cover of book

Bioarchaeology of the American Southeast: Approaches to Bridging Health and Identity in the Past
edited by Shannon Chappell Hodge and Kristrina A. Shuler
contributions by Mark C. Griffin, Barbara Thedy Hester, Shannon Chappell Hodge, Emily Jateff, Christopher Judge, Ginesse A. Listi, Charles F. Philips, Jr., Eric C. Poplin, Rebecca Saunders, Kristrina A. Shuler, Eric Sipes, Maria Ostendorf Smith, William D. Stevens, Matthew A. Williamson, Christopher Young, Ralph Bailey, Jr., Tracy K. Betsinger, Steven N. Byers, Della Collins Cook, Carlina de la Cova and J. Lynn Funkhouser
foreword by Mary Lucas Powell
University of Alabama Press, 2018
Cloth: 978-0-8173-1991-5 | eISBN: 978-0-8173-9194-2
Library of Congress Classification E78.S65B57 2018
Dewey Decimal Classification 975.01

A timely update on the state of bioarchaeological research, offering contributions to the archaeology, prehistory, and history of the southeastern United States.
Building on the 1991 publication What Mean These Bones? Studies in Southeastern Bioarchaeology, this new edited collection from Shannon Chappell Hodge and Kristrina A. Shuler marks steady advances over the past three decades in the theory, methodology, and purpose of bioarchaeology in the southeastern United States and across the discipline. With a geographic scope that ranges from Louisiana to South Carolina and a temporal span from early prehistory through the nineteenth century, the coverage aims to be holistic.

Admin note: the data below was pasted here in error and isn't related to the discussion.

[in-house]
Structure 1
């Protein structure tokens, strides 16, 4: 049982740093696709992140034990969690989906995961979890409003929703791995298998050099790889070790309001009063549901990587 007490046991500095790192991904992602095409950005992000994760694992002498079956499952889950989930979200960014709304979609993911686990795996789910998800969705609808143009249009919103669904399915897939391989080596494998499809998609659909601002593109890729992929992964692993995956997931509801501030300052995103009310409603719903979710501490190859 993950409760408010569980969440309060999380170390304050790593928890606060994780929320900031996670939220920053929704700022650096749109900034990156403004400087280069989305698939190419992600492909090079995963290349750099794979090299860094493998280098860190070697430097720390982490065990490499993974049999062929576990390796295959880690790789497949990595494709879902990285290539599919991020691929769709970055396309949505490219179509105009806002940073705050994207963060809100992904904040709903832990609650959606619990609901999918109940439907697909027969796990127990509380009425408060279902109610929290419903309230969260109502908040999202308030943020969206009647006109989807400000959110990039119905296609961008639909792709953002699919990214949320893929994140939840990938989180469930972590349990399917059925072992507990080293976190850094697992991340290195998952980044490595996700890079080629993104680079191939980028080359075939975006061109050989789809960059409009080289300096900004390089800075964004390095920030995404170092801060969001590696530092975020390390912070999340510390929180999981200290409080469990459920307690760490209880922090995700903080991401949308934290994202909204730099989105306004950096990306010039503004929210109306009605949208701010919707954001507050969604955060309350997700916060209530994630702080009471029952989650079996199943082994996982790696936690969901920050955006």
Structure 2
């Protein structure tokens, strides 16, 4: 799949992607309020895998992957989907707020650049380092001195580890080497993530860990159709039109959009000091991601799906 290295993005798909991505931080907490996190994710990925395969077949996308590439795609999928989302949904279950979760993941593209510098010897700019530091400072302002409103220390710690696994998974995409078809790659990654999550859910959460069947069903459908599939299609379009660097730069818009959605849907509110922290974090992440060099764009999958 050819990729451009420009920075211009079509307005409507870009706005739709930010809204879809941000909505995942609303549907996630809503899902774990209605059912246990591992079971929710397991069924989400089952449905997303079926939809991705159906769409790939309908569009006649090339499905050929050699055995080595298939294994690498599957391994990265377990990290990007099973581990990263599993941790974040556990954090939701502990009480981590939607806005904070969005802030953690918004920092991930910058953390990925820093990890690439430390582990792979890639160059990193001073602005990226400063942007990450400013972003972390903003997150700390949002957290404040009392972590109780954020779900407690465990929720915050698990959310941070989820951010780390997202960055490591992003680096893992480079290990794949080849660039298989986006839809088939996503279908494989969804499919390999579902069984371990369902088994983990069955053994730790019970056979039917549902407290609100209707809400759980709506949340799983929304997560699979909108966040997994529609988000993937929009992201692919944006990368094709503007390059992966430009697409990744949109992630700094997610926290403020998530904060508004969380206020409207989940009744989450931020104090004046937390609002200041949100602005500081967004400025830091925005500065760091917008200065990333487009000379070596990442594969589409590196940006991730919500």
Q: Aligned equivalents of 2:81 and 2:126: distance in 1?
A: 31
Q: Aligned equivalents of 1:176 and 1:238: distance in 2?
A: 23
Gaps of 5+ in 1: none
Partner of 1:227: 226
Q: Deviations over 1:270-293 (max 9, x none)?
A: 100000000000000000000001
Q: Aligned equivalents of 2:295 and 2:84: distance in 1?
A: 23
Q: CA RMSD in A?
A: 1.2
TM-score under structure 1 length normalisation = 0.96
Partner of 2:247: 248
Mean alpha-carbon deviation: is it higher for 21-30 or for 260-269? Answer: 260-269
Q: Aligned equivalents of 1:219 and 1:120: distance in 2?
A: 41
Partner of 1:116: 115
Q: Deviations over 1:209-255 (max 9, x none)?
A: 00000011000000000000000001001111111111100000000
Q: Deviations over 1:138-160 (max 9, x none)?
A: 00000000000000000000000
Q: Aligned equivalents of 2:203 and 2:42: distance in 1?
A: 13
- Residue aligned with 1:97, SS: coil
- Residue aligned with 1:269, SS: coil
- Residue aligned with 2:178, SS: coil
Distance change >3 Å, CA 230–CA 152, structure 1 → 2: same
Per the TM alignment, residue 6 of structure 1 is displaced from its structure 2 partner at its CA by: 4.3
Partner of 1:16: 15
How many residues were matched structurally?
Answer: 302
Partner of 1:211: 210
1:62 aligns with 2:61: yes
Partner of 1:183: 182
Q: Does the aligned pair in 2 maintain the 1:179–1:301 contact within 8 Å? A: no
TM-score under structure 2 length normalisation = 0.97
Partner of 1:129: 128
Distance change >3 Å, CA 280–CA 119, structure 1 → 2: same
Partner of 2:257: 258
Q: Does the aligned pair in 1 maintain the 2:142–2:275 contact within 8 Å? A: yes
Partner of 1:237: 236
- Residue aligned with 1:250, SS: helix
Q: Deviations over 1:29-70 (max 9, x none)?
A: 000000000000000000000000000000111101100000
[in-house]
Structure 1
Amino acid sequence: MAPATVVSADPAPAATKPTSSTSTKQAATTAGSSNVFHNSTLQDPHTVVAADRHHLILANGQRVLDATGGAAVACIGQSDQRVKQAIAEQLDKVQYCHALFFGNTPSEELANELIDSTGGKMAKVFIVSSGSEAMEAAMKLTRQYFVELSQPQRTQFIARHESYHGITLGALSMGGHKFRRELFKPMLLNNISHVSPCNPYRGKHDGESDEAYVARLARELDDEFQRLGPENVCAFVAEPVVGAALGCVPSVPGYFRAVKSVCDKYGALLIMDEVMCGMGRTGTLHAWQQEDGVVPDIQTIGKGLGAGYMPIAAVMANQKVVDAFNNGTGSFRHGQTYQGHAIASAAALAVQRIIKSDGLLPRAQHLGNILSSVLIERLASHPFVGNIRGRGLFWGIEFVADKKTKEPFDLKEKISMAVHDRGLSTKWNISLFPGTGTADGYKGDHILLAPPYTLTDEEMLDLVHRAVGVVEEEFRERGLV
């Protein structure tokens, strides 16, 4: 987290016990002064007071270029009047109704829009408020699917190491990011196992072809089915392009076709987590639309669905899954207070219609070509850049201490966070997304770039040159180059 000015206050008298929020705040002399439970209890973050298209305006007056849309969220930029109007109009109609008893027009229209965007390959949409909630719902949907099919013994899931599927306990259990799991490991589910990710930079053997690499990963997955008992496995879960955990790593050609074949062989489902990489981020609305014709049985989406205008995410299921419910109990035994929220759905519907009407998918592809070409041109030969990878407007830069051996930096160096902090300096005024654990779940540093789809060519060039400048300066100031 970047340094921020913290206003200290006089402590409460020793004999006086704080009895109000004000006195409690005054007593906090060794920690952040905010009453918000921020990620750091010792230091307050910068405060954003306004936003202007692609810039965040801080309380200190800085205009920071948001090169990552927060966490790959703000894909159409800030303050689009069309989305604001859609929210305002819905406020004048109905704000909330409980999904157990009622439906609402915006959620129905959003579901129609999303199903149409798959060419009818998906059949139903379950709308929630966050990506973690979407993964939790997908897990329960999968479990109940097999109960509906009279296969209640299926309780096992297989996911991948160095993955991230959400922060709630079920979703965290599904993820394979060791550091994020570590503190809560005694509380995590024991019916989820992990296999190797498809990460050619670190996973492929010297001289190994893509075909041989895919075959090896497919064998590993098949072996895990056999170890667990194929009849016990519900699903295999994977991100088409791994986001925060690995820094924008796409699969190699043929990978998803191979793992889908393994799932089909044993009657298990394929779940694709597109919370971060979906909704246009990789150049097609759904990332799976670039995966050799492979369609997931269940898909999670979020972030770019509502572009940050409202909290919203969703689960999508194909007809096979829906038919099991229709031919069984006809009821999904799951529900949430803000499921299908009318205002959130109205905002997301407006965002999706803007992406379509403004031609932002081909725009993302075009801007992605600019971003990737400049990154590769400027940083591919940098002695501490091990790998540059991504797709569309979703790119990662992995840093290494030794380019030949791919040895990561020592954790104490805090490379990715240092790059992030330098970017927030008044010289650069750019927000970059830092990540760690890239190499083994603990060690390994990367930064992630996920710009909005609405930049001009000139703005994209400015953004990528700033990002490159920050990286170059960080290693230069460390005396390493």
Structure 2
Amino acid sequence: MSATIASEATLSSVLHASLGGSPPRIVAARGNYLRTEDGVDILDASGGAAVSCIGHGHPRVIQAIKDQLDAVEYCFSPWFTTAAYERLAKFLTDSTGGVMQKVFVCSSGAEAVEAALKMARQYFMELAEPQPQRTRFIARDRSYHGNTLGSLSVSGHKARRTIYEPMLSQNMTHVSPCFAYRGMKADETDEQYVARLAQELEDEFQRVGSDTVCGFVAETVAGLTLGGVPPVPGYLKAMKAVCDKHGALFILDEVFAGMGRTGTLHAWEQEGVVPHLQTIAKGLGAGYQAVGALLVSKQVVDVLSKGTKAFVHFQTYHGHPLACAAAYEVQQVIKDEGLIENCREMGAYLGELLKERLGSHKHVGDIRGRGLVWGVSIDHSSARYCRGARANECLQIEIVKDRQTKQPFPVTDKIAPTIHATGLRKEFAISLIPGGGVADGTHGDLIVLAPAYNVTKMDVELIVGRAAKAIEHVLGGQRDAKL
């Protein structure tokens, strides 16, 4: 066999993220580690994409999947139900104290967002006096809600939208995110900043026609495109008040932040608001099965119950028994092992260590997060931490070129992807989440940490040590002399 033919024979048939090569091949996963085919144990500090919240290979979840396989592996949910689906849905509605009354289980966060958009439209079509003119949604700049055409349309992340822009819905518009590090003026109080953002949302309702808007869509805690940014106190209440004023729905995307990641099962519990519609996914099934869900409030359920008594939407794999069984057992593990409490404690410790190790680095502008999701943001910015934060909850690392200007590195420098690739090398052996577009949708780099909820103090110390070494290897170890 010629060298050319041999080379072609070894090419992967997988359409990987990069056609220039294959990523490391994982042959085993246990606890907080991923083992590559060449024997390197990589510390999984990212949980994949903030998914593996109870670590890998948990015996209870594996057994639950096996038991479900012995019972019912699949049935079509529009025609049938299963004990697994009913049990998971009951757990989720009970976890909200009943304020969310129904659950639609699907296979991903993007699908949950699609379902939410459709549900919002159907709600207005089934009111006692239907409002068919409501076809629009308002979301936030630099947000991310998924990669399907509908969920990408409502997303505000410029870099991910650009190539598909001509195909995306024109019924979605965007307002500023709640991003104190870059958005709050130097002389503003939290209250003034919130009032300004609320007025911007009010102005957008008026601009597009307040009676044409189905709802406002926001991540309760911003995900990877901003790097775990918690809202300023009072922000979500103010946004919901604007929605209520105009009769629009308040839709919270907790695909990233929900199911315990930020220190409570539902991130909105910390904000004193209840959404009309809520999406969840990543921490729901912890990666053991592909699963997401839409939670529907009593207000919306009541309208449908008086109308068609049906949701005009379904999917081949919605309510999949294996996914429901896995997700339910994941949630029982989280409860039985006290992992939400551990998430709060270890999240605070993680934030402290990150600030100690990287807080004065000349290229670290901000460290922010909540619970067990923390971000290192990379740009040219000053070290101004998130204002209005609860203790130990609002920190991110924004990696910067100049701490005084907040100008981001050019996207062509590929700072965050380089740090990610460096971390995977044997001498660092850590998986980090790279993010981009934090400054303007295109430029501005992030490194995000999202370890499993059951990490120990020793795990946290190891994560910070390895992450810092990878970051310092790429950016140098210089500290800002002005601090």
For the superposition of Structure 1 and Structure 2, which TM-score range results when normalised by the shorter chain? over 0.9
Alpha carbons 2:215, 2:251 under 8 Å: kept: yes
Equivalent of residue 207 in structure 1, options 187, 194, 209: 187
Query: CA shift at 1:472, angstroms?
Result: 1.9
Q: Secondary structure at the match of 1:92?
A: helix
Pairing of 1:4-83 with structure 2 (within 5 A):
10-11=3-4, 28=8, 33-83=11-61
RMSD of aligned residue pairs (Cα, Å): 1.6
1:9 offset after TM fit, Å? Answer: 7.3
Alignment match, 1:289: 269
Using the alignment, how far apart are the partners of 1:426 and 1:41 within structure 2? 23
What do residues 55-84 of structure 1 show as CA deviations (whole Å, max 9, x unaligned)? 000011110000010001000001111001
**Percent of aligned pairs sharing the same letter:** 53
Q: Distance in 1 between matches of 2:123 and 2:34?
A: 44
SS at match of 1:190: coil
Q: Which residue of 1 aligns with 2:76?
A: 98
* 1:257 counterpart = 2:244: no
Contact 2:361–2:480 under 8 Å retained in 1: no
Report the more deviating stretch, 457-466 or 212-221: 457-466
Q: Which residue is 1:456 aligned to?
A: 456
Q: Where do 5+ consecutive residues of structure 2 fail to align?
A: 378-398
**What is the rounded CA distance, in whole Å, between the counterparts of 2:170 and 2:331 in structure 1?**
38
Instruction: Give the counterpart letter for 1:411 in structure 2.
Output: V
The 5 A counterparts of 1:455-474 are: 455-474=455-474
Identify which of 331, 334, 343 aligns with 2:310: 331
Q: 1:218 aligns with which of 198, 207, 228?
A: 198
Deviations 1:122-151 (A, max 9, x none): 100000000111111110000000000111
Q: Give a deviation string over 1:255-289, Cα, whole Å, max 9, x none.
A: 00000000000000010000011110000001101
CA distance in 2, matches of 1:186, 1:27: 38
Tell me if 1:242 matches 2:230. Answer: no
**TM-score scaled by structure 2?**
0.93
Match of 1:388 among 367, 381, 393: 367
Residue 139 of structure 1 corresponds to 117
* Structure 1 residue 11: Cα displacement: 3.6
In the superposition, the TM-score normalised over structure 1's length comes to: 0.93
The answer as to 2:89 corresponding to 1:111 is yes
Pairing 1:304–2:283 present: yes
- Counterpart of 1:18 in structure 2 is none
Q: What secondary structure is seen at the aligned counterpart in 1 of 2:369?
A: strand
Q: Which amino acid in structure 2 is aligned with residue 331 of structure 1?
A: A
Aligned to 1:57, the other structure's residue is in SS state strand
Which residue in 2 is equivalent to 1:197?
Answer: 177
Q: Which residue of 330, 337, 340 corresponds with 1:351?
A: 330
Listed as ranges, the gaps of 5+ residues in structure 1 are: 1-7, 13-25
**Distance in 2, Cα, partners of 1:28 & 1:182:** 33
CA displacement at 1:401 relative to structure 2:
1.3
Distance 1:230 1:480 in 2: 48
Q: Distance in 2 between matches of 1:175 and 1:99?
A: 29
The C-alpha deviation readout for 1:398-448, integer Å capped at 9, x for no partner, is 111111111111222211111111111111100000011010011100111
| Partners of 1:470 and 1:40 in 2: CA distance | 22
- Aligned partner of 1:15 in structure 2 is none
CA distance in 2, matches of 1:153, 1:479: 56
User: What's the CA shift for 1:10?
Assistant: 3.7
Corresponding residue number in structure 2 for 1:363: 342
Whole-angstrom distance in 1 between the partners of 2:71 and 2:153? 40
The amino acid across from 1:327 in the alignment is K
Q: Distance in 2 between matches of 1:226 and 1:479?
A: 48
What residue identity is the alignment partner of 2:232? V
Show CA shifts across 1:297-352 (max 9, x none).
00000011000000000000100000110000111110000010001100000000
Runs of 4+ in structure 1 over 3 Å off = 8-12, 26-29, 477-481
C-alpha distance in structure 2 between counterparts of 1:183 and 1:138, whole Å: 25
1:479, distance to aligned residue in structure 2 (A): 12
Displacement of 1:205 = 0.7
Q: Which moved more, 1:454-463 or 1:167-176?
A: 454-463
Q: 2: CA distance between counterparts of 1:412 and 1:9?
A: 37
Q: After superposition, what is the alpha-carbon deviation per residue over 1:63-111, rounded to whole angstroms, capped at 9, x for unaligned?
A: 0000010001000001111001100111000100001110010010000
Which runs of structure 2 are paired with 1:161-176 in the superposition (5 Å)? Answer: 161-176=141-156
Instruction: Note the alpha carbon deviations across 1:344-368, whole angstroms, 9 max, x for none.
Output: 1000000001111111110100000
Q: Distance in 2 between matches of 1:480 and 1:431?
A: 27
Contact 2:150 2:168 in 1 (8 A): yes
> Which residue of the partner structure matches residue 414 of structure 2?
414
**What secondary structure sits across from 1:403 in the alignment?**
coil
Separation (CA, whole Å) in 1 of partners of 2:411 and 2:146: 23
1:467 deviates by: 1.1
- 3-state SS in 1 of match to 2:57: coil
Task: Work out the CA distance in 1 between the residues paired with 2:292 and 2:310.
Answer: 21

Bioarchaeology of the American Southeast: Approaches to Bridging Health and Identity in the Past is organized into two main parts. The first, “Context and Culture History in Bioarchaeology,” focuses on the fundamentals of archaeology—figuring out who lived at an archaeological site, when they lived there, what they did, and how they lived their lives.
This builds the framework that allows archaeologists to answer deeper questions, such as the ones addressed in the second part, “Social Identities in Bioarchaeology.” Here contributors explore questions of identity, ethnicity, gender and the status of women, social status, class, power and exploitation, migration, and conflict. These chapters implement and contribute to anthropological theory and showcase improved methods, such as innovative statistical analyses, and incorporate newer technology, including a DNA and geographic information system applications.

See other books on: Anthropometry | Approaches | Human remains (Archaeology) | Past | Physical
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